BookShop is just the latest tool that BookBaby provides for authors. Last year, the company debuted its free BookPromo platform that helps authors share the news about their titles, garner reviews, take advantage of press release distribution, and more. The company has a long history of connecting fans to content, as BookBaby grew out of the original indie music platform, CDBaby.

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Bookbaby has come a long way since it cut their teeth doing yet another self-publishing platform. The company has been ironing out their PR and Marketing campaigns for authors who ask the question “How do I get my book reviewed? Who are my local press contacts? Where do I begin with my promotional campaign? Most importantly: How do I let people know about my book?” One of the new components to this deal is book discovery by GoodsReads and NoiseTrade.

Bookbaby is a for profit self-publishing company that has a myriad of options to allow authors to publish and get distributed. They have various tiers of fees, dependant on an authors technical level to generate eBooks from documents or more advanced knowledge. One of the new programs the company has unveiled recently is Book Promo.

Book Promo is a set of tools that an author can employ to assist in marketing and PR. It is available with the FREE tier of publishing and also with any of the paid options, so it is worth checking out. A few of their key selling points are; Guaranteed book reviews with Readers’ Favorite and Story Cartel, Promotion through PR Newswire, Author Marketing Club, and WriterCube, and an Exclusive guide: Ultimate Social Media Marketing for Authors.

Bookbaby recognizes the power of GoodReads, the largest eBook social site in the world. “Goodreads is an essential site for all authors to use when promoting their books,” said Steven Spatz, BookBaby CMO. “Over 25 million readers use Goodreads, and all our BookBaby authors will automatically be listed on the site, where readers can link to bookstores to purchase, write reviews, and share with their friends on social media.”

Authors are normally faced with the situation of wanting to build their own marketing list or giveaway free eBook samples. Bookbaby kills two birds, with one stone with NoiseTrade, which allows authors to give away their content for free in exchange for readers’ email addresses.

“Online stores like Amazon and iBookstore are an important part of building your platform and earning an income,” said Spatz, “but they don’t provide you with direct customer connections. NoiseTrade gives authors a spreadsheet of email addresses and postal codes of everyone who downloads your eBook, which is an invaluable resource for independent authors.”

I have followed Bookbaby throughout the years when they were first known as CD Baby, and have tracked their company from when they started publishing, until now. They are a solid bunch of people who honestly love, what they do. Their service is good for first time authors or people that wrestle with the decision of publishing with Amazon or Barnes and Noble. Bookbaby basically is a better version of Smashwords, except they charge.

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Pressbooks is a solid ebook creation website that allows indie authors to submit their ebook and format it online. You can choose between different templates and export the book to EPUB, MOBI, and a number of other formats. The service is free and many authors found it confusing that they could create books, but not sell them. Selling ebooks can become a tedious process, with users having to create individual accounts on all of the networks they want. To solve this problem, Pressbooks has just signed a distribution service with Bookbaby.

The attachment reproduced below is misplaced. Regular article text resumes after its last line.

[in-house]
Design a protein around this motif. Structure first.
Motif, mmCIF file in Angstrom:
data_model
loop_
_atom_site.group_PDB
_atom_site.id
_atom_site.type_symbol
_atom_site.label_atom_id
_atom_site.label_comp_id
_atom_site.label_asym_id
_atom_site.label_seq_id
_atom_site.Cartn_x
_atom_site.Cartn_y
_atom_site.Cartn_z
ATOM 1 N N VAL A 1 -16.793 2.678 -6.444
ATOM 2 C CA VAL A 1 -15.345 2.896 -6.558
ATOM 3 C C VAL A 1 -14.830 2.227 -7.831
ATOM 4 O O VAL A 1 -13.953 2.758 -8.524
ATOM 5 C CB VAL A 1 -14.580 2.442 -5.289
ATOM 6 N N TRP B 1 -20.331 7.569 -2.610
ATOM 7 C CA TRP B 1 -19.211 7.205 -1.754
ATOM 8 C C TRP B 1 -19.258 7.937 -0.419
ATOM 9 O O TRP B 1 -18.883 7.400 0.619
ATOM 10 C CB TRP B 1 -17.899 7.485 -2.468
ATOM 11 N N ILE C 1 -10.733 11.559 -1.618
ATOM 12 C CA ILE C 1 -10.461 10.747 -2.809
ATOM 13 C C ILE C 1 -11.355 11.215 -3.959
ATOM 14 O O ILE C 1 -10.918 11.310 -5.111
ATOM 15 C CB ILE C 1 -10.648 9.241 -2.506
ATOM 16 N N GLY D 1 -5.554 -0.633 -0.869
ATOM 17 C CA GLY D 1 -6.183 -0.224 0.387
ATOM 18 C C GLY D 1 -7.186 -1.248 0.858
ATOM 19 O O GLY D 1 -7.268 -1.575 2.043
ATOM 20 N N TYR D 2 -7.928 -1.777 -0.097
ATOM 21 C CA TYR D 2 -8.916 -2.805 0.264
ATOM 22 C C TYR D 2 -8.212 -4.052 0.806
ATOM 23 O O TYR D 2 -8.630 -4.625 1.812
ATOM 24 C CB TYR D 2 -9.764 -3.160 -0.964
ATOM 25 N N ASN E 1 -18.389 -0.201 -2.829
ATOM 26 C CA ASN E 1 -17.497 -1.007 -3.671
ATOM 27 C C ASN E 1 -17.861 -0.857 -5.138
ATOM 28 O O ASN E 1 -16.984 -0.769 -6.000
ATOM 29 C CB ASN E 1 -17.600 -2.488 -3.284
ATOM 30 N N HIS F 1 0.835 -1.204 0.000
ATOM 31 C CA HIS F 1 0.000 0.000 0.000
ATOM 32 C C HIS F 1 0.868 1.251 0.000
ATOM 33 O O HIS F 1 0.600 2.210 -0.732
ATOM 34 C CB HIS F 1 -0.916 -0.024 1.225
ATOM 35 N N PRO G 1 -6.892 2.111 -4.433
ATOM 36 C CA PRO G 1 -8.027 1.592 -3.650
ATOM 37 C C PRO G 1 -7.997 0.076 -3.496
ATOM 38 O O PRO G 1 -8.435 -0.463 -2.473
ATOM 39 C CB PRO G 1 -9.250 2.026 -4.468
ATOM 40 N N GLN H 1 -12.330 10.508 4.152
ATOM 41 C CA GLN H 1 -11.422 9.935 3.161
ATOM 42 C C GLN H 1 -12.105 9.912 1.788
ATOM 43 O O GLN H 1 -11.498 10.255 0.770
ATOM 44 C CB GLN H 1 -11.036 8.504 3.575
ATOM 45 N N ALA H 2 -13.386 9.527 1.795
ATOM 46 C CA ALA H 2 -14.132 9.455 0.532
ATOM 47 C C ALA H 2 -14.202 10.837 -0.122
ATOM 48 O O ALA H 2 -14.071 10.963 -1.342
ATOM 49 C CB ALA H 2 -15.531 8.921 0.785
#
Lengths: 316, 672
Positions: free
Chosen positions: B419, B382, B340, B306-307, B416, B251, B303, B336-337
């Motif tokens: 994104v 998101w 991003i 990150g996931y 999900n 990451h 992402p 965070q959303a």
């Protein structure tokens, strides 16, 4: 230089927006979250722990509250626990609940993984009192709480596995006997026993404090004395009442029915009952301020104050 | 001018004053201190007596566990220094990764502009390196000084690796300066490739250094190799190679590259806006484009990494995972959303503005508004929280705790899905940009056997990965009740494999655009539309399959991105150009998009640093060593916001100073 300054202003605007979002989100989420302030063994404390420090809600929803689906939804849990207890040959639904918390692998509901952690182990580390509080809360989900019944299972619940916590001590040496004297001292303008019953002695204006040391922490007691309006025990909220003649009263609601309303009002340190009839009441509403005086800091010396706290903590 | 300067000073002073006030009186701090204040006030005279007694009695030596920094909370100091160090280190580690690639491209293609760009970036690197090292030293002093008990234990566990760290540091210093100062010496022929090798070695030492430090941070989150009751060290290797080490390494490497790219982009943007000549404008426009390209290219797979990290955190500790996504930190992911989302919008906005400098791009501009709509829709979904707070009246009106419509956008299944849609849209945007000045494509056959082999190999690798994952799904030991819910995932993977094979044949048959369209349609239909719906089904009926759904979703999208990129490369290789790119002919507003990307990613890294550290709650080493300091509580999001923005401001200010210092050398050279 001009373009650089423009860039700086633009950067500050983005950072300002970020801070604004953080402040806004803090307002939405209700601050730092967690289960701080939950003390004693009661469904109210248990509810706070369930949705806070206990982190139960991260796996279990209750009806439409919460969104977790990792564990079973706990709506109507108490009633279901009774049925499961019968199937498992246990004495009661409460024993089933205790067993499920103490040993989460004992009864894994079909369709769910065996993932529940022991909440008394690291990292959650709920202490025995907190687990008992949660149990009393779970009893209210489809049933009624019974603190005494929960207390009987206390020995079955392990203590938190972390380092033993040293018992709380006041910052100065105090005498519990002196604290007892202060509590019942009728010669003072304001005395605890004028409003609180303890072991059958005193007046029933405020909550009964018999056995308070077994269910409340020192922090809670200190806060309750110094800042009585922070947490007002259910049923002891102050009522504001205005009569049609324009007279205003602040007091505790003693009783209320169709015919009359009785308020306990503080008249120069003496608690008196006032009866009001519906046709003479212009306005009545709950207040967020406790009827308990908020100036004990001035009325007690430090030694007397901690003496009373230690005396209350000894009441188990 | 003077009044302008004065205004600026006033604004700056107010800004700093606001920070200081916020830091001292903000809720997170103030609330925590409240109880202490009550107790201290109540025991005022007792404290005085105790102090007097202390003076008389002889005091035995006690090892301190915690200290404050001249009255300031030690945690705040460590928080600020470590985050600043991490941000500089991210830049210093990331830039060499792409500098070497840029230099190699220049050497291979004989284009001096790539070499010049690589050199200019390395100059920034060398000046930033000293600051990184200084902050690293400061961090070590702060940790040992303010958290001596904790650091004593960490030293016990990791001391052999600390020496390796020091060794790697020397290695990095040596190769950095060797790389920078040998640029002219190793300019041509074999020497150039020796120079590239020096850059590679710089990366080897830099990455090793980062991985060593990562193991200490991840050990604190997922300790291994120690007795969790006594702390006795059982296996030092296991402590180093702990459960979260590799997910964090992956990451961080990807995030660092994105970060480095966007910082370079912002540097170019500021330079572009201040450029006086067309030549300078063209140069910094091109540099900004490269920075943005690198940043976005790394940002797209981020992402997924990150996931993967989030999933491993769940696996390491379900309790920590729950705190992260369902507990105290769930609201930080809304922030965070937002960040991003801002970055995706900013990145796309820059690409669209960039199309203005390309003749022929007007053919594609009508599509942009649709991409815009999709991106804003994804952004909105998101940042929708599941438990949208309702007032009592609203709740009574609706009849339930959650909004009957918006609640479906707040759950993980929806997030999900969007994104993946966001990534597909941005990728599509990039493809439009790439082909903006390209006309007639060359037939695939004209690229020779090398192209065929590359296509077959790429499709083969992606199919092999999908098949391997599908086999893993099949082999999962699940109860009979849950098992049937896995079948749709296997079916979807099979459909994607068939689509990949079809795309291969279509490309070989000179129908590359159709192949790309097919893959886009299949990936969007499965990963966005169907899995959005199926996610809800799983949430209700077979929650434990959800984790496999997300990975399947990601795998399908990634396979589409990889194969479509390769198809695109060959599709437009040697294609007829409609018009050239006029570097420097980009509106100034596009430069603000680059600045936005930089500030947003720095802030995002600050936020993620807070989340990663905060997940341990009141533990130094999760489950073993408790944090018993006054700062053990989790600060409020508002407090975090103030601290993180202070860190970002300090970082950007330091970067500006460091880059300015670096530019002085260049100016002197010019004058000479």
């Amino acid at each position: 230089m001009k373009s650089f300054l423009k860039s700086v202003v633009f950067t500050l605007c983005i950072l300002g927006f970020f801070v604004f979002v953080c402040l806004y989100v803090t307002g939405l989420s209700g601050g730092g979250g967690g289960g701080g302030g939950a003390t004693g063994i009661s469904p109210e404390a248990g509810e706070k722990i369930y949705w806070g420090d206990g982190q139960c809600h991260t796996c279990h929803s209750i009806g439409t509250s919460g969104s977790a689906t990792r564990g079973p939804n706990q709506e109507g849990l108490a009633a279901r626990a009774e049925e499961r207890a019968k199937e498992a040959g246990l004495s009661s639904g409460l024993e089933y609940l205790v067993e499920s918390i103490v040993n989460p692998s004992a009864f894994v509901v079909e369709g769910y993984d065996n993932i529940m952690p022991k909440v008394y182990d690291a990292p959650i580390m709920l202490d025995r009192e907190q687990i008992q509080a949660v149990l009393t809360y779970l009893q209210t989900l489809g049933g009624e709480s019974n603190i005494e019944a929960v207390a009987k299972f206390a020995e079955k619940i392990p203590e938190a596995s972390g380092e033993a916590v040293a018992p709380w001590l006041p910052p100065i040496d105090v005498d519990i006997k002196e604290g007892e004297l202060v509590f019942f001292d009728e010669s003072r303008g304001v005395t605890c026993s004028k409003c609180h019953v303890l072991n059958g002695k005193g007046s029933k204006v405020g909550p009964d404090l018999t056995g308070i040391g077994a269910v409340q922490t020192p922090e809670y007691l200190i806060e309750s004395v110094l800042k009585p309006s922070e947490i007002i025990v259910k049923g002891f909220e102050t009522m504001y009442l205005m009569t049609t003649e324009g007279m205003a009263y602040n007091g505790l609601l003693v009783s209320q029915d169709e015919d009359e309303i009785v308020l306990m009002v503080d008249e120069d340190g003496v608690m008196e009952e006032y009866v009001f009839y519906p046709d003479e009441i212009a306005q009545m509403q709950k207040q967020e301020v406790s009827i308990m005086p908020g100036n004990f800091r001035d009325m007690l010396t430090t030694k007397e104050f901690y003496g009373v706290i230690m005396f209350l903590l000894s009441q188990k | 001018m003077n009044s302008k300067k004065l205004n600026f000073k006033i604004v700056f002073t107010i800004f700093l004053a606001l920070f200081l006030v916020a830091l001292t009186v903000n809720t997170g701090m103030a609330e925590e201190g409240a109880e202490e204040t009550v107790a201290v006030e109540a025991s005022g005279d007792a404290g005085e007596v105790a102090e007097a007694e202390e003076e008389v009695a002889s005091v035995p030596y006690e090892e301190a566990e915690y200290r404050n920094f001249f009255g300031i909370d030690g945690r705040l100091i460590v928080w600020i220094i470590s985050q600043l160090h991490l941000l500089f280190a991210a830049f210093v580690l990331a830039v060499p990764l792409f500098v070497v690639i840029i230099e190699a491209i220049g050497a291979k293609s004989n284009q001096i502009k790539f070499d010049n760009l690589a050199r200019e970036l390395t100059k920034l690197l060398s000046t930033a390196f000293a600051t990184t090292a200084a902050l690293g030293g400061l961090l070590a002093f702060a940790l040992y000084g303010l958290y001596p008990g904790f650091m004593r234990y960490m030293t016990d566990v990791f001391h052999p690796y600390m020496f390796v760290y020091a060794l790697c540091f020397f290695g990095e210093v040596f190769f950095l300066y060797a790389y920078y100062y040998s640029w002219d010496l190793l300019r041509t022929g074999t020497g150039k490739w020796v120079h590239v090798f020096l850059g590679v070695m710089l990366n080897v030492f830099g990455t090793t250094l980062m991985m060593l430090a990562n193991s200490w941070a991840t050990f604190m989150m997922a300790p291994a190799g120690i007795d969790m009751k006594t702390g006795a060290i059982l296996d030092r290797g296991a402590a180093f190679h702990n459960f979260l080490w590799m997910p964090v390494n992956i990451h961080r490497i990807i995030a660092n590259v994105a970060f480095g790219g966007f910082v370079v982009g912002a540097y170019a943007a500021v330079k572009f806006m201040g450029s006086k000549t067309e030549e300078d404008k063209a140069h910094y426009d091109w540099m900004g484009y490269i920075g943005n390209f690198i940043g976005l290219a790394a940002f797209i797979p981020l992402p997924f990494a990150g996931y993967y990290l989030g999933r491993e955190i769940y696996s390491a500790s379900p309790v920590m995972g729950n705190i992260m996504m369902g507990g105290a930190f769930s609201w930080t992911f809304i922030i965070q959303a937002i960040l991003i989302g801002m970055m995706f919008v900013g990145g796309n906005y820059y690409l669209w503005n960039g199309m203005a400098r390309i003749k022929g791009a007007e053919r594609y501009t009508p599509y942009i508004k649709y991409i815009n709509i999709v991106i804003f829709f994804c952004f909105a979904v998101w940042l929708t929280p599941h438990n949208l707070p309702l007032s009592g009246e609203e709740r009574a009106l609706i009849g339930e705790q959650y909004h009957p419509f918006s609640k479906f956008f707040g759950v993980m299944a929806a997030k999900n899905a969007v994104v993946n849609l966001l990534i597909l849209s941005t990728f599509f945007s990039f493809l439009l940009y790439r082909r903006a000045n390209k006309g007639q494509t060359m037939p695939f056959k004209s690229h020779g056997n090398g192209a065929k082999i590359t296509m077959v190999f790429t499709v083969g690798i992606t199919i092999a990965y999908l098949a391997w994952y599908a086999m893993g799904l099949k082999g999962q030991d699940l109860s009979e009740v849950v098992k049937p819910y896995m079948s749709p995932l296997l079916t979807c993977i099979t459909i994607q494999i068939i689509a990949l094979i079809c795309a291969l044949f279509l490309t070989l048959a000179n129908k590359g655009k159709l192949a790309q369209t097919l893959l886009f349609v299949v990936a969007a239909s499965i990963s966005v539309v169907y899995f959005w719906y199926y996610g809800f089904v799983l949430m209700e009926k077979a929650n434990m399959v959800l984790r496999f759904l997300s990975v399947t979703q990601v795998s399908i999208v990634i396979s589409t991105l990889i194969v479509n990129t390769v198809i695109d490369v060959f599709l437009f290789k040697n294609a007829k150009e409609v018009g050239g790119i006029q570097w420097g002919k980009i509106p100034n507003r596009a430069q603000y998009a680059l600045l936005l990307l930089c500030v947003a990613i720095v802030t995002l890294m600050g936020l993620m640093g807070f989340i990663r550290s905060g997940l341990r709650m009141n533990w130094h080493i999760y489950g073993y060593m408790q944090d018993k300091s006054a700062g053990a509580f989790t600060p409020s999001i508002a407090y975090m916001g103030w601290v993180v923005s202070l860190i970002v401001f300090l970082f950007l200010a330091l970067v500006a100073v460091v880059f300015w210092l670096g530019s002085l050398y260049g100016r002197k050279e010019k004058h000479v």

Never heard of Pressbooks? Pressbooks is a unique set of tools that allows indie authors to create their own ebooks using the WordPress CMS. You can add cover art, a table of contents, and then create your book, chapter by chapter. This system for creating books is super intuitive, if you have ever used WordPress before. When your book is completed, you can convert it over to an EPUB, PDF, or MOBI file to have as your own, or just refer people to your personal version of the Pressbooks website.

The new relationship with BookBaby will get your books into 11 different ebook stores around the world, including Kindle, Kobo, Nook, and iBooks. The company will do it for $99 (PressBooks users get a 10% discount!), and you get 100% of royalties earned.. You can monitor your sales through one simple interface, which many authors will love.

Honestly, it is probably better to self-publish yourself and do the legwork that comes with it. Sometimes people like taking the easy way out and paying someone to do all of the distributing and creating. As an author, it is your duty to self-publish yourself and go through all of the trials and tribulations that accompany doing something new. Of course, you will absolutely need an editor, this is the most essential factor.

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BookBaby and Bound Book scanning have formed a new partnership that will convert tangible books to the digital form. Using the highest quality scanning technology available, Bound Book will convert hardcover and software books to searchable PDF and editable Word docs. From now on, Bound Books will be handling the physical conversion process and BookBaby will distribute them.

BookBaby is one of the largest distributors of books and caters to self-published and indie authors. Rather than allowing authors to upload their manuscripts for free then taking a percentage of each sale—which is after the percentage the actual retailer will also take—BookBaby charges a one-time upload fee and then the remaining royalties belong to the author, other than what the catalogs like Amazon or Barnes and Noble charge.

“We talk with so many authors who want to create an ebook, but they don’t have the necessary Word or PDF files to get started—all they have is their printed book,” says BookBaby president Brian Felsen. “We’ve found an easy solution to their problems: Bound Book Scanning, a mail-in book scan service.” He went on to elaborate that, “This partnership will greatly benefit writers and publishers who’ve been sitting on their back catalogs simply because the idea of digitizing the books themselves by hand was overwhelming,” says Felsen. “Now they can mail those books to the professionals at Bound Book Scanning who will handle it quickly, and for less money than it costs to buy a Friday night dinner.”